http://www.wegottickets.com/event/85725

Sunday tickets £16
http://www.wegottickets.com/event/85726



The Lowest Form Of Music is produced by Harbinger Sound, Second Layer Records, No-Fi and Sound and Music.

http://www.secondlayer.co.uk
http://www.no-fi.org.uk
http://www.soundandmusic.org
http://www.lafms.com
http://www.beaconsfield.ltd.uk

« Last Edit: July 30, 2010, 02:14:23 PM by Pete Johnstone » Logged
Pete Johnstone
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« Reply #1 on: June 21, 2010, 07:14:08 PM »

Tickets for the event are now on sale - first post updated. We have a very limited quantity of early-bird 3 day tickets at £30. Half are gone already.
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Pete Johnstone
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« Reply #2 on: June 30, 2010, 07:25:52 PM »

First post updated with line-up, venue, tickets, etc.
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Pete Johnstone
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« Reply #3 on: July 30, 2010, 01:13:28 PM »

The first post has been updated with a flyer.

Dinosaurs With Horns and Extended Organ featuring Paul McCarthy now complete the bill - first post updated with the definitive programme.

Anyone hesitating on getting tickets should do so now because when news of Paul McCarthy playing goes public we're expecting ticket sales to rise considerably.
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« Reply #4 on: July 30, 2010, 04:06:33 PM »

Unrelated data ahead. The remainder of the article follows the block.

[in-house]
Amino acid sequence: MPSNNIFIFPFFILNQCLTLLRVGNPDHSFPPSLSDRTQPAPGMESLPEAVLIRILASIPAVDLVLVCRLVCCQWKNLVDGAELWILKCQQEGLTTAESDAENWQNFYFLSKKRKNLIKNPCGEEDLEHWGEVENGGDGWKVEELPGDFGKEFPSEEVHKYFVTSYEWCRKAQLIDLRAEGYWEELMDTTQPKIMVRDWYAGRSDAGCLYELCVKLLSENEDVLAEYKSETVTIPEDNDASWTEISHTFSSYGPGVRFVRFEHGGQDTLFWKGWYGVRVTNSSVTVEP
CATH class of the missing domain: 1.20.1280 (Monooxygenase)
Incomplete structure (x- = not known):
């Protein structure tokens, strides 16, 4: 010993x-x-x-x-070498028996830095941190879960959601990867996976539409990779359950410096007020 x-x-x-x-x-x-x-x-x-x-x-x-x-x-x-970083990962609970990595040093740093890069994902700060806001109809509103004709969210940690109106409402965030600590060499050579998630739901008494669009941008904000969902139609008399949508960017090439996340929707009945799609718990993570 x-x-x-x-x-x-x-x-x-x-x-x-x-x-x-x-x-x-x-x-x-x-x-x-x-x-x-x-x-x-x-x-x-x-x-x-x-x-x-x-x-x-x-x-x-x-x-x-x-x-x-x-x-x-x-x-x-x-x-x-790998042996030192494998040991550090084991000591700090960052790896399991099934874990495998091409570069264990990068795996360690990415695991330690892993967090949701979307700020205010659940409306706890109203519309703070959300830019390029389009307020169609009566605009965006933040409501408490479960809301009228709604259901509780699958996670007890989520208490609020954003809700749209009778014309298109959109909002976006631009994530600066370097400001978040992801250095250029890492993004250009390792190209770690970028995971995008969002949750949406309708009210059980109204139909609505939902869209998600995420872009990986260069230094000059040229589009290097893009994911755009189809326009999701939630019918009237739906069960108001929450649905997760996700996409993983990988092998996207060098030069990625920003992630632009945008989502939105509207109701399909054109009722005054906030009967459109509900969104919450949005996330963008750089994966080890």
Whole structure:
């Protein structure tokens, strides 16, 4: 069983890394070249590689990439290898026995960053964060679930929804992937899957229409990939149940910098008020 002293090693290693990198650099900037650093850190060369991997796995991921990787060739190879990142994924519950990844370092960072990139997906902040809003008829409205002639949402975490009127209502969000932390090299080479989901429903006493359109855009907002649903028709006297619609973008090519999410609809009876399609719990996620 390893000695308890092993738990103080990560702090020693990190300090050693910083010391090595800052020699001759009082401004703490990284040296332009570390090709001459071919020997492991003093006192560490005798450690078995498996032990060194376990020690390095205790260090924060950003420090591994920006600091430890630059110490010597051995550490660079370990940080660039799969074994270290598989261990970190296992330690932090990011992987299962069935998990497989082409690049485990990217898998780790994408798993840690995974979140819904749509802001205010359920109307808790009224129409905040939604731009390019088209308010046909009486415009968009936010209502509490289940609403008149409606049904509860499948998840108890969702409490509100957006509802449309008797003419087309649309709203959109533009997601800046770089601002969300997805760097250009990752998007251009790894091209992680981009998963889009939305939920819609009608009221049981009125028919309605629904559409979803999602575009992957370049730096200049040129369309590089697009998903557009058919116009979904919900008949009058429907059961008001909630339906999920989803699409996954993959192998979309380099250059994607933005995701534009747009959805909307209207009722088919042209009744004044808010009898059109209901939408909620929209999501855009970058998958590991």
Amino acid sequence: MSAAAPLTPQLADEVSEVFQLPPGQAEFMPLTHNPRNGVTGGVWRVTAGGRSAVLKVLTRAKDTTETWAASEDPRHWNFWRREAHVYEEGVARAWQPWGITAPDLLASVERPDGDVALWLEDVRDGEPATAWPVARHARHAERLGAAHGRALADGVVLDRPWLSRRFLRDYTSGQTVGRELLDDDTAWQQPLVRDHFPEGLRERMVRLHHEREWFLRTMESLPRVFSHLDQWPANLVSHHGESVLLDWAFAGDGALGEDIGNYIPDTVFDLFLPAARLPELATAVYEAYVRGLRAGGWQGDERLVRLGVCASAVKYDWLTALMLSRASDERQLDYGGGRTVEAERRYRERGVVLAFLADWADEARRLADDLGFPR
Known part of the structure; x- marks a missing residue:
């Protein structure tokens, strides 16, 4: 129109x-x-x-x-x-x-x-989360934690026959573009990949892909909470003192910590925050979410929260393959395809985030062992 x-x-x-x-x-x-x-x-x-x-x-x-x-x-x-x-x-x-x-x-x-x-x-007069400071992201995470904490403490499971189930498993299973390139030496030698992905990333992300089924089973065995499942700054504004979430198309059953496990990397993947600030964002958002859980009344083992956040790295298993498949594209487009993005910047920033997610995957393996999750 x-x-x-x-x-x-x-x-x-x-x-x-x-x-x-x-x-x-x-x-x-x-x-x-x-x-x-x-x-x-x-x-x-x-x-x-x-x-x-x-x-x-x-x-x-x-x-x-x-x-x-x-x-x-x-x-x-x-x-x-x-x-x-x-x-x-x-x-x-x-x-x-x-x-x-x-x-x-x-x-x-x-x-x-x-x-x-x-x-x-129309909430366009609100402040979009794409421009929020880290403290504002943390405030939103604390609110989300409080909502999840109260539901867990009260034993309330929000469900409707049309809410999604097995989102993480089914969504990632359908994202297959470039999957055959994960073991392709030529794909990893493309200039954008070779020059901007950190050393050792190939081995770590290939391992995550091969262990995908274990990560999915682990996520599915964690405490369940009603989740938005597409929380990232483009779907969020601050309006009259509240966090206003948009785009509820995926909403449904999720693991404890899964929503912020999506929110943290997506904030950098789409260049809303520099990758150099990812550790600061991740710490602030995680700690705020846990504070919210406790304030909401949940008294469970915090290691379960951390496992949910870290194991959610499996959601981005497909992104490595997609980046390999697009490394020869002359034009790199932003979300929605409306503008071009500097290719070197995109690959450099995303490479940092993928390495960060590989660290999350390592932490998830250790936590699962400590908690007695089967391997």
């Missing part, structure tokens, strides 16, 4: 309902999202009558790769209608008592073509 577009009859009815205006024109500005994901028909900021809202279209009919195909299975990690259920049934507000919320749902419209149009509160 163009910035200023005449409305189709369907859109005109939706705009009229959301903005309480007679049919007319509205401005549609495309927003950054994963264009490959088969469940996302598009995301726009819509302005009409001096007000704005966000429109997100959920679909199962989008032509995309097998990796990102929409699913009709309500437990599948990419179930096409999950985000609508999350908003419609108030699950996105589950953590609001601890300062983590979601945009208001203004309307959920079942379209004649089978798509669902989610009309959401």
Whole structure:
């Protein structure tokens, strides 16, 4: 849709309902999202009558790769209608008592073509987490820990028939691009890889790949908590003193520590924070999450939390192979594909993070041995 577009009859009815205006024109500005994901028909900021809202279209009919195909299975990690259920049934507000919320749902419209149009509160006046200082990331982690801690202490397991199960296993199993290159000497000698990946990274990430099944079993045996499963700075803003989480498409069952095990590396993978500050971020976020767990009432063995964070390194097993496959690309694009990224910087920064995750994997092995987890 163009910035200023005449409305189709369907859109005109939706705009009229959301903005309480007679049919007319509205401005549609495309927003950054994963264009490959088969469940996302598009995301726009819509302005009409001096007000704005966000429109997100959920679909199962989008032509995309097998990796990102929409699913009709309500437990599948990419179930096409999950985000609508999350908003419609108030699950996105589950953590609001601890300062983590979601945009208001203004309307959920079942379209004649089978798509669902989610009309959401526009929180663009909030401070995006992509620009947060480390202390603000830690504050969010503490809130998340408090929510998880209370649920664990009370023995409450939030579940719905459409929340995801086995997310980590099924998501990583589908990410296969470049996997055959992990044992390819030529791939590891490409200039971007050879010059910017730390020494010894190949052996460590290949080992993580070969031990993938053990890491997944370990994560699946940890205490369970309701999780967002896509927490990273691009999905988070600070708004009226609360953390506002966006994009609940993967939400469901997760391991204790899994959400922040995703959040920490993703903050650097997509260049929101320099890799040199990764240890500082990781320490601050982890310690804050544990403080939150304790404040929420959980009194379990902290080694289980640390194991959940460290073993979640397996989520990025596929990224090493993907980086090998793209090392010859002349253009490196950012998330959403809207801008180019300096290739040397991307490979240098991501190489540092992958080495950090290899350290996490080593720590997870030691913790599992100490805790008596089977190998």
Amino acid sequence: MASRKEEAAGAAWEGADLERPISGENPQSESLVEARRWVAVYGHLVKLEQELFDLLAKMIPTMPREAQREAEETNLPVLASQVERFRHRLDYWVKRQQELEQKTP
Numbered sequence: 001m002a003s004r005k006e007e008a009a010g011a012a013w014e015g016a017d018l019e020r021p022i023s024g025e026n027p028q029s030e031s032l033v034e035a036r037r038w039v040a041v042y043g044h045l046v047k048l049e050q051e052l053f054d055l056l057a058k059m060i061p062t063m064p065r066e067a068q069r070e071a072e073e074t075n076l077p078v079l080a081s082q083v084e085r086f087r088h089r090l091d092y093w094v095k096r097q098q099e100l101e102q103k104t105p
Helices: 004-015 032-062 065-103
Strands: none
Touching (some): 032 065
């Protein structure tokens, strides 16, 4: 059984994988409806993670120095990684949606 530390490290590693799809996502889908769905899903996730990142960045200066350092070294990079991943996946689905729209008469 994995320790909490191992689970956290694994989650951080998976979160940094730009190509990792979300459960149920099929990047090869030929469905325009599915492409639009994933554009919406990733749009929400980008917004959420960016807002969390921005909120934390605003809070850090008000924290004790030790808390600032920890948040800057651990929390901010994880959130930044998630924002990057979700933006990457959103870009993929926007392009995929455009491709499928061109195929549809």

great ! it just gets better !
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« Reply #5 on: August 06, 2010, 09:30:31 PM »

ticket booked. Maybe this time I finally get to see 2nd layer!
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Pete Johnstone
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« Reply #6 on: August 12, 2010, 07:16:19 PM »

You can now buy weekend tickets through paypal via the No-Fi website:-

http://www.no-fi.org.uk


ticket booked. Maybe this time I finally get to see 2nd layer!

The shop will be closed from Friday afternoon until Monday because me and my only assistant will be working at the event. Second Layer will have a large stall though plus there'll be a few exclusive LAFMS releases to tie in with the event including an Airway / Hijokaidan split LP, Pain Jerk / Rock'n'Roll Jackie collaboration CD and a few LAFMS reissues.
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« Reply #7 on: October 25, 2010, 07:29:57 PM »

one could say just: congratulations!
Watched almost all the bands. Missed perhaps 1 completely, and little bits of couple, but talking merely about few minutes.
Meeting lots of friends abroad and also Finland was pretty heavily represented. At least 10 people come to my mind instantly. Nice Jerman pub close to venue worked well for pre-show drinking, venue itself pretty nice and all complaints there could be, are just minimal bitching a'la perhaps 30-50cm higher stage for better visibility..

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« Reply #8 on: October 25, 2010, 10:12:40 PM »

Good venue. Volume could have been more generous and it wouldn't hurt the bar to have a larger stock of beer (draught) but over all I think it was a really good venue. Plenty of room to move around, clean toilets and friendly staff.

Regarding Hijokaidan. Apart from Junko looking quite glamorous, what was so special about this? I understand there is a 30 year history which must be where the worship comes from but I honestly heard or saw nothing during their set that couldn't have been done by just about anyone else.
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heretogo
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« Reply #9 on: October 26, 2010, 09:30:36 AM »